In 2006, Omni TV started its own Mandarin news program. In 2007, The largest two Cantonese newspapers Sing Tao Daily and Ming Pao both added Mandarin newspapers to their rosters.
In 2013, Fairchild added a new HD Mandarin channel to its line-up. It’s clear that the Chinese media in Vancouver are all trying to get a slice of the larger market of immigrants coming from mainland China.
Chan on attracting a growing Mandarin audience (0’37’’)
A tough battle
But it hasn’t been enough just to broadcast news in a different language or publish articles more focused on mainland China.
“Despite the rapidly growing population, we are fighting a tough battle to attract immigrants from mainland China,” said Chan.
News and entertainment content from mainland China is easily available online for free, albeit most of it being illegal. The Mandarin paid media in Vancouver is finding it hard to compete with the free, on-demand online content.
Hang Zhang moved to Vancouver from Shenzhen in 2005. Both of her parents are still in China. In her free time, Hang Zhang likes to watch dramas and read news on Chinese websites.
“I don’t watch TV here. On Chinese websites, I can find everything for free. I can also watch Chinese programs on YouTube,” said Zhang.
While there are 100,000 subscribers on the Cantonese channels on Fairchild TV, the Mandarin channels only have 20,000 subscribers.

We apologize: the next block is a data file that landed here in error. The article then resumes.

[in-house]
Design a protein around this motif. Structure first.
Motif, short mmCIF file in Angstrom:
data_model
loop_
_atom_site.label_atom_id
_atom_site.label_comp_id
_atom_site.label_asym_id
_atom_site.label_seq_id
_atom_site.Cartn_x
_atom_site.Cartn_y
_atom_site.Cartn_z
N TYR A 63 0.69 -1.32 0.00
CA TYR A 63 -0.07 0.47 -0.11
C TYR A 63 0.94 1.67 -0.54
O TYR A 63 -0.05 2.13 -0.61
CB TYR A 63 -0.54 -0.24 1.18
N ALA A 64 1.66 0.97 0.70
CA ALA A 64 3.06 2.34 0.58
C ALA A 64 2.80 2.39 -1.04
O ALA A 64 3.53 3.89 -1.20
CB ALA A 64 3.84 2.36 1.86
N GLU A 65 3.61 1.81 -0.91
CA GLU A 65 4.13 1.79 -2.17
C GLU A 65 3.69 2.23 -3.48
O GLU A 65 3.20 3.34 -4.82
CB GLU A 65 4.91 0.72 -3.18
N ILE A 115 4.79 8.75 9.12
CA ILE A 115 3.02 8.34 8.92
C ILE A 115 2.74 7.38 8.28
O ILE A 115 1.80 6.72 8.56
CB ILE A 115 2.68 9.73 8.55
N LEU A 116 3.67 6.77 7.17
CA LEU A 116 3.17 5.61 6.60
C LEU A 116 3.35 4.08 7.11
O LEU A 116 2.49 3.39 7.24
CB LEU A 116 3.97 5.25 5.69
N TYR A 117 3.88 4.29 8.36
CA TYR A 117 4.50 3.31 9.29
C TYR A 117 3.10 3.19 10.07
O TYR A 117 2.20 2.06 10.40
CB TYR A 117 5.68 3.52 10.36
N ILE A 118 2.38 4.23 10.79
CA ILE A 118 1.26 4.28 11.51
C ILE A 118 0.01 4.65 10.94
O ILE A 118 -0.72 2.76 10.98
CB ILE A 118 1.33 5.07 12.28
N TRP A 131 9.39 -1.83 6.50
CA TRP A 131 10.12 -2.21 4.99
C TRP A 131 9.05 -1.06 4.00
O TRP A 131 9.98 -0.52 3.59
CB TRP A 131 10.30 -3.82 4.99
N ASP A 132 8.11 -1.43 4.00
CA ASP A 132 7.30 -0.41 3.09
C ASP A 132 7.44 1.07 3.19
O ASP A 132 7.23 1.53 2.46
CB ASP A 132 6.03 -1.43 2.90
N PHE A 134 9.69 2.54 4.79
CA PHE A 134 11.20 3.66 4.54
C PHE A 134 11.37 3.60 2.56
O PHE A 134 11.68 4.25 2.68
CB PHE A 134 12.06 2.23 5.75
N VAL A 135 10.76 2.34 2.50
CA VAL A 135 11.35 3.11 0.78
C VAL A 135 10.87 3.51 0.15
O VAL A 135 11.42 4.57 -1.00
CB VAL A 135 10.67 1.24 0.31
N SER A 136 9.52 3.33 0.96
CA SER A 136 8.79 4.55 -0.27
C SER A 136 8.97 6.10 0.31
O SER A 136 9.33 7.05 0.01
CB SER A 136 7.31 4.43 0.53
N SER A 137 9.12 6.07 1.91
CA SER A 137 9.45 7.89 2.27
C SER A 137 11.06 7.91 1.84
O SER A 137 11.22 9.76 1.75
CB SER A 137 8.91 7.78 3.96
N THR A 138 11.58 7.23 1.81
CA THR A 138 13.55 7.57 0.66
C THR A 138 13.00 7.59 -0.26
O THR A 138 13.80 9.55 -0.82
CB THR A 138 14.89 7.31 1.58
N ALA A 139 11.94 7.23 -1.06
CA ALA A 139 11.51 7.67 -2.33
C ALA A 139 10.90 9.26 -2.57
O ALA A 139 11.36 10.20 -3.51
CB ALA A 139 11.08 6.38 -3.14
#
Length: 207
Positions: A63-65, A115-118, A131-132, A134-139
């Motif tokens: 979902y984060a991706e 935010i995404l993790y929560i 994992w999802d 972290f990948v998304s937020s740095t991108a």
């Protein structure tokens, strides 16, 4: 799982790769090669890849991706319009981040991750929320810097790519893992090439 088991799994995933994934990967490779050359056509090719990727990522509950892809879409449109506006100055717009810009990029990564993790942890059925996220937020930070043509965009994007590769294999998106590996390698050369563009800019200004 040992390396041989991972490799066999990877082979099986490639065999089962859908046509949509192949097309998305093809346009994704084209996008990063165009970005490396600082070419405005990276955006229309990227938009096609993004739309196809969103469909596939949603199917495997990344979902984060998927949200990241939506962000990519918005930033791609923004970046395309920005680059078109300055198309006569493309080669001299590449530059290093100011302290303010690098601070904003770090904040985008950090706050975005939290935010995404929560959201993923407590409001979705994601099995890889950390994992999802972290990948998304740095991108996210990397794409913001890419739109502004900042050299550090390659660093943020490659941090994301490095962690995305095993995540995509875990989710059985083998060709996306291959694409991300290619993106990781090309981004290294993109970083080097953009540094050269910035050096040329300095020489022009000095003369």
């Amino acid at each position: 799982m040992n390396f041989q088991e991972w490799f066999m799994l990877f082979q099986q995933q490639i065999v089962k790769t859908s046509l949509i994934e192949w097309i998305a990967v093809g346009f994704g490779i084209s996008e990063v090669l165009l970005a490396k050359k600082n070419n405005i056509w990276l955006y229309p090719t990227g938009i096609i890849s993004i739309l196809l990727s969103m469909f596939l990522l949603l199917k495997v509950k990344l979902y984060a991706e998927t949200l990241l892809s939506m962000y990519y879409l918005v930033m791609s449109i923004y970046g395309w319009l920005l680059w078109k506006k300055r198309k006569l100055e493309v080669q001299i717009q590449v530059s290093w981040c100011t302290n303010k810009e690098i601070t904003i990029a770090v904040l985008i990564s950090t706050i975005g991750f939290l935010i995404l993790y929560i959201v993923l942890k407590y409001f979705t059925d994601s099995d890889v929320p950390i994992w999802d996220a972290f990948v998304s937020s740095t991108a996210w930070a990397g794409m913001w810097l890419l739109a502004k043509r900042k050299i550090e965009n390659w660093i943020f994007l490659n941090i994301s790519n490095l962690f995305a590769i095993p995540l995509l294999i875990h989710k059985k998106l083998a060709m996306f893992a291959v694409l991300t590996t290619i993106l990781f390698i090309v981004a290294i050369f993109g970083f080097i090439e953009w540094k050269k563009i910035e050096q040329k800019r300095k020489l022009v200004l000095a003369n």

To transform the large Mandarin market into a revenue source, Mandarin newspapers and radio programs – both free media platforms – are surviving through ad-generated revenue.
“Our biggest sources of revenue are ads. Our ultimate goal is to become the platform where advertisers come for the Mandarin-speaking market since that is our audience base,” says James Ho, president of Chinese radio channel CHMB AM 1320.[/column][column size=”one-half” last=”true”]
Local programming is key
Ho believes good local programming is the key to long-term survival, and the best way to do that is to provide quality content.
Hundal added: “To produce good local programming, the media needs to determine how to provide content that is relevant to this community.”
“People are looking for greater depth, greater thought and tangible information people can rely on. The main focus will be to provide analysis and engage conversation.”
Ho on the importance of local content (0’35’’)
Alice Zhao, a journalist at West Canada Weekly, thinks relevancy is not enough. “Chinese newspapers should be the bridge that connects Chinese immigrants and local community, helping them understand each other better.”
Queenie Choo, CEO of S.U.C.C.E.S.S., stresses the importance of having integrated ethnic communities. “Because we are so very culturally diverse in the Lower Mainland, whatever language or media we adapt, we need to be diverse and aware of the culturally diverse population and their community needs.”
Vancouver is well on its way to building the kind of community Choo talks about. The struggle to get the rapidly growing audience of Mandarin speakers interested in local media might be an uphill battle, but the industry appears to be working together to achieve just that.
As Hundal puts it, “The more people get settled here the more they will shift their attention to local news. But again, these kinds of things take quite a bit of time.”